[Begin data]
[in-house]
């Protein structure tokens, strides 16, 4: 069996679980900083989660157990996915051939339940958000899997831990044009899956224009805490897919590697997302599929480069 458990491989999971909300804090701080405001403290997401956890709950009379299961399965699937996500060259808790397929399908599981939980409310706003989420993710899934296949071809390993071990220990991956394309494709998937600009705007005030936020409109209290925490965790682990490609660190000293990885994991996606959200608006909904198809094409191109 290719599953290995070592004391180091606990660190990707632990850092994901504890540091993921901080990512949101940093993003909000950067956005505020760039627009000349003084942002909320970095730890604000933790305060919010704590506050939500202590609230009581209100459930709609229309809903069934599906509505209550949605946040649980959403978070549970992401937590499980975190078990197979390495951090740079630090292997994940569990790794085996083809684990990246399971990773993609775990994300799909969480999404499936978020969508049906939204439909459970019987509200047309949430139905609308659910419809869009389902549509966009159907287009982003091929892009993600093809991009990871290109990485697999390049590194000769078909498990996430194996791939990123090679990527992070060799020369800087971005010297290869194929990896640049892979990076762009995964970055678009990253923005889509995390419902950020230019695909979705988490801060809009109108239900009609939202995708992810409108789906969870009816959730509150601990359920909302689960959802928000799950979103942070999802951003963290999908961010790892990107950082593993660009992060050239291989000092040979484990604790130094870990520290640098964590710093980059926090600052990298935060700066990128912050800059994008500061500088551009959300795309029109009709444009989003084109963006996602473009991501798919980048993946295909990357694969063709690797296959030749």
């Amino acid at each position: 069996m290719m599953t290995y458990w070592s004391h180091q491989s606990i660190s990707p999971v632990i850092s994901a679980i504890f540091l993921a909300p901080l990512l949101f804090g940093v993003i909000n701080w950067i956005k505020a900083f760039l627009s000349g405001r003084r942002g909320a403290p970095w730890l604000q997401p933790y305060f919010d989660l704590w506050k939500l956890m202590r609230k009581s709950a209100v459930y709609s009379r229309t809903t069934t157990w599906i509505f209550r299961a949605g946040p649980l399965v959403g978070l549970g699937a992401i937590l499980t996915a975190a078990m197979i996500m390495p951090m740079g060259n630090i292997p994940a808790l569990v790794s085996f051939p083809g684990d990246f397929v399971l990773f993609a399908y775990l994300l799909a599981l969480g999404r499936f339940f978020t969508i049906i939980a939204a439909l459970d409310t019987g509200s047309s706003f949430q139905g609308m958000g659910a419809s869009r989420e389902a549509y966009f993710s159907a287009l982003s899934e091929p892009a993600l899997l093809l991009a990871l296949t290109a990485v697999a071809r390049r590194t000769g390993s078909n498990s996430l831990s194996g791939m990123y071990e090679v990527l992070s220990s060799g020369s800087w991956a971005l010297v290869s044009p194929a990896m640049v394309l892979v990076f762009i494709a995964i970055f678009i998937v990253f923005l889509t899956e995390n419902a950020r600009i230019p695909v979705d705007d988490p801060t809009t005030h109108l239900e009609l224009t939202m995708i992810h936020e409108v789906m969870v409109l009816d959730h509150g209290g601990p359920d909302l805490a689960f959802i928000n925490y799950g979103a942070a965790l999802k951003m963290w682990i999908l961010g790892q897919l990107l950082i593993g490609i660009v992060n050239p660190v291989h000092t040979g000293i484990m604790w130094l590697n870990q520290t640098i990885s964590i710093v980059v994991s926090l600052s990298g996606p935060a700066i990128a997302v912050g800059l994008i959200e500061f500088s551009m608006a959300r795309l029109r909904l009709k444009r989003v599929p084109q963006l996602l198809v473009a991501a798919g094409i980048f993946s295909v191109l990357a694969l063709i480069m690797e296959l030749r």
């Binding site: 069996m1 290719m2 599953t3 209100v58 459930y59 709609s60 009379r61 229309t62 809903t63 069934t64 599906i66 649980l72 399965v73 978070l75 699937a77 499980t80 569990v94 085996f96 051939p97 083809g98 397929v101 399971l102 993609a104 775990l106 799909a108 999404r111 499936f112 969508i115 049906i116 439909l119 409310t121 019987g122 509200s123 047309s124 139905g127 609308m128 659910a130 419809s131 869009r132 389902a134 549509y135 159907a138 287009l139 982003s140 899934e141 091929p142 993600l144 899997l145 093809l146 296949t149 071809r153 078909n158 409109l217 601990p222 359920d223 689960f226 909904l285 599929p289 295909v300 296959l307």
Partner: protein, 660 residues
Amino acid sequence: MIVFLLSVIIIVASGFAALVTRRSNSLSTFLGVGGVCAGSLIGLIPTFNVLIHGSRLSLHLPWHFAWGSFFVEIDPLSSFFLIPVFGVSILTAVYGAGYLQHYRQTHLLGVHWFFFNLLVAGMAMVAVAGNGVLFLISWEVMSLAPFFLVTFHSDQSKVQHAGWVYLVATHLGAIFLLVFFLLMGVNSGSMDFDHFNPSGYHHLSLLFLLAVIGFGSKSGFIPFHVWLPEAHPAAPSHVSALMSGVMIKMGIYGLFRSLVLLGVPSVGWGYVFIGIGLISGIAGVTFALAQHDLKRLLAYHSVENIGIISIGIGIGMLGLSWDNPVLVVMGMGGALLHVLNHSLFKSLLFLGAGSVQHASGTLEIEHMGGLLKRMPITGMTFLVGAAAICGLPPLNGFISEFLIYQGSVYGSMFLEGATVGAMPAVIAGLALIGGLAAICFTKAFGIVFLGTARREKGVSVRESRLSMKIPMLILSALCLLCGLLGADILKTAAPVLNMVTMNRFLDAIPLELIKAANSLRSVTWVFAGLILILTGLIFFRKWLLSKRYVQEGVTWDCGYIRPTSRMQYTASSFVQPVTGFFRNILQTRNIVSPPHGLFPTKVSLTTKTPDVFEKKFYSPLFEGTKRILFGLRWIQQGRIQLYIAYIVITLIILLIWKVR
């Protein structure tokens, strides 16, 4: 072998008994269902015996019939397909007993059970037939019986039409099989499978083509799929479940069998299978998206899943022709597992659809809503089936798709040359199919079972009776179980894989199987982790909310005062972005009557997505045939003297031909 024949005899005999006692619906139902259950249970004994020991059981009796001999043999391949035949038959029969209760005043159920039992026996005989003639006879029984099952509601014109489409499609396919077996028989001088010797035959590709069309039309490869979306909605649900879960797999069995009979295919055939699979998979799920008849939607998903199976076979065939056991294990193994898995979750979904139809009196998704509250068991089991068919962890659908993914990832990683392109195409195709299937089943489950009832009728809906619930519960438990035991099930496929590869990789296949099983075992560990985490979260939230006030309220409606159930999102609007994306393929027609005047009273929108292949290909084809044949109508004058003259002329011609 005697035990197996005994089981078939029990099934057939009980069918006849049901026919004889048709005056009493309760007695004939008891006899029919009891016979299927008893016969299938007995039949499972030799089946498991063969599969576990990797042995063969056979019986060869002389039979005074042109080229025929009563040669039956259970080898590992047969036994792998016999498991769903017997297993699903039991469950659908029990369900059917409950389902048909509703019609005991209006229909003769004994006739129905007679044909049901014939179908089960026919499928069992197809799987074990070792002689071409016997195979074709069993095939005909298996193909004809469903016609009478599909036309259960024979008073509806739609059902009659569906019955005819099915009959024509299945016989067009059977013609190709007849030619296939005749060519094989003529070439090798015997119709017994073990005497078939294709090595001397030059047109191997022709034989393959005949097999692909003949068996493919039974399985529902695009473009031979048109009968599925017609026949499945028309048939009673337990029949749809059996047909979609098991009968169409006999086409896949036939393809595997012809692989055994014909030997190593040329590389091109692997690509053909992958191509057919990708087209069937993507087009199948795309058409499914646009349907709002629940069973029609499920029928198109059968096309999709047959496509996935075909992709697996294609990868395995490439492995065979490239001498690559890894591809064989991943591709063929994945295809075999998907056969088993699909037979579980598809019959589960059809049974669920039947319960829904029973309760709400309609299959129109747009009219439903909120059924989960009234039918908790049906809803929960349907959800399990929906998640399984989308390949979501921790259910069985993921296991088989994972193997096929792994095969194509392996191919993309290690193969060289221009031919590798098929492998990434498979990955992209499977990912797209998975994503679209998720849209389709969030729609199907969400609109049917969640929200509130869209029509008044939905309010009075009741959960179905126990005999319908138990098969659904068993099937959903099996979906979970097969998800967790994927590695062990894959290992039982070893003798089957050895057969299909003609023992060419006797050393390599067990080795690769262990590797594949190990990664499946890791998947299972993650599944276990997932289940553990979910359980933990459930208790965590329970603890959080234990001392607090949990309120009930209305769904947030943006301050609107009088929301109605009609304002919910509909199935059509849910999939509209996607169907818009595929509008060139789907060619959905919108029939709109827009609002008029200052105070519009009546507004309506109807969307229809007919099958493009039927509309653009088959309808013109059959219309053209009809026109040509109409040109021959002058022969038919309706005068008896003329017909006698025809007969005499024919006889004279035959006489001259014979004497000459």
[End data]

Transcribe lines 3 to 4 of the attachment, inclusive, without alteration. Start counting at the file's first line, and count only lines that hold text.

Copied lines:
């Amino acid at each position: 069996m290719m599953t290995y458990w070592s004391h180091q491989s606990i660190s990707p999971v632990i850092s994901a679980i504890f540091l993921a909300p901080l990512l949101f804090g940093v993003i909000n701080w950067i956005k505020a900083f760039l627009s000349g405001r003084r942002g909320a403290p970095w730890l604000q997401p933790y305060f919010d989660l704590w506050k939500l956890m202590r609230k009581s709950a209100v459930y709609s009379r229309t809903t069934t157990w599906i509505f209550r299961a949605g946040p649980l399965v959403g978070l549970g699937a992401i937590l499980t996915a975190a078990m197979i996500m390495p951090m740079g060259n630090i292997p994940a808790l569990v790794s085996f051939p083809g684990d990246f397929v399971l990773f993609a399908y775990l994300l799909a599981l969480g999404r499936f339940f978020t969508i049906i939980a939204a439909l459970d409310t019987g509200s047309s706003f949430q139905g609308m958000g659910a419809s869009r989420e389902a549509y966009f993710s159907a287009l982003s899934e091929p892009a993600l899997l093809l991009a990871l296949t290109a990485v697999a071809r390049r590194t000769g390993s078909n498990s996430l831990s194996g791939m990123y071990e090679v990527l992070s220990s060799g020369s800087w991956a971005l010297v290869s044009p194929a990896m640049v394309l892979v990076f762009i494709a995964i970055f678009i998937v990253f923005l889509t899956e995390n419902a950020r600009i230019p695909v979705d705007d988490p801060t809009t005030h109108l239900e009609l224009t939202m995708i992810h936020e409108v789906m969870v409109l009816d959730h509150g209290g601990p359920d909302l805490a689960f959802i928000n925490y799950g979103a942070a965790l999802k951003m963290w682990i999908l961010g790892q897919l990107l950082i593993g490609i660009v992060n050239p660190v291989h000092t040979g000293i484990m604790w130094l590697n870990q520290t640098i990885s964590i710093v980059v994991s926090l600052s990298g996606p935060a700066i990128a997302v912050g800059l994008i959200e500061f500088s551009m608006a959300r795309l029109r909904l009709k444009r989003v599929p084109q963006l996602l198809v473009a991501a798919g094409i980048f993946s295909v191109l990357a694969l063709i480069m690797e296959l030749r």
């Binding site: 069996m1 290719m2 599953t3 209100v58 459930y59 709609s60 009379r61 229309t62 809903t63 069934t64 599906i66 649980l72 399965v73 978070l75 699937a77 499980t80 569990v94 085996f96 051939p97 083809g98 397929v101 399971l102 993609a104 775990l106 799909a108 999404r111 499936f112 969508i115 049906i116 439909l119 409310t121 019987g122 509200s123 047309s124 139905g127 609308m128 659910a130 419809s131 869009r132 389902a134 549509y135 159907a138 287009l139 982003s140 899934e141 091929p142 993600l144 899997l145 093809l146 296949t149 071809r153 078909n158 409109l217 601990p222 359920d223 689960f226 909904l285 599929p289 295909v300 296959l307």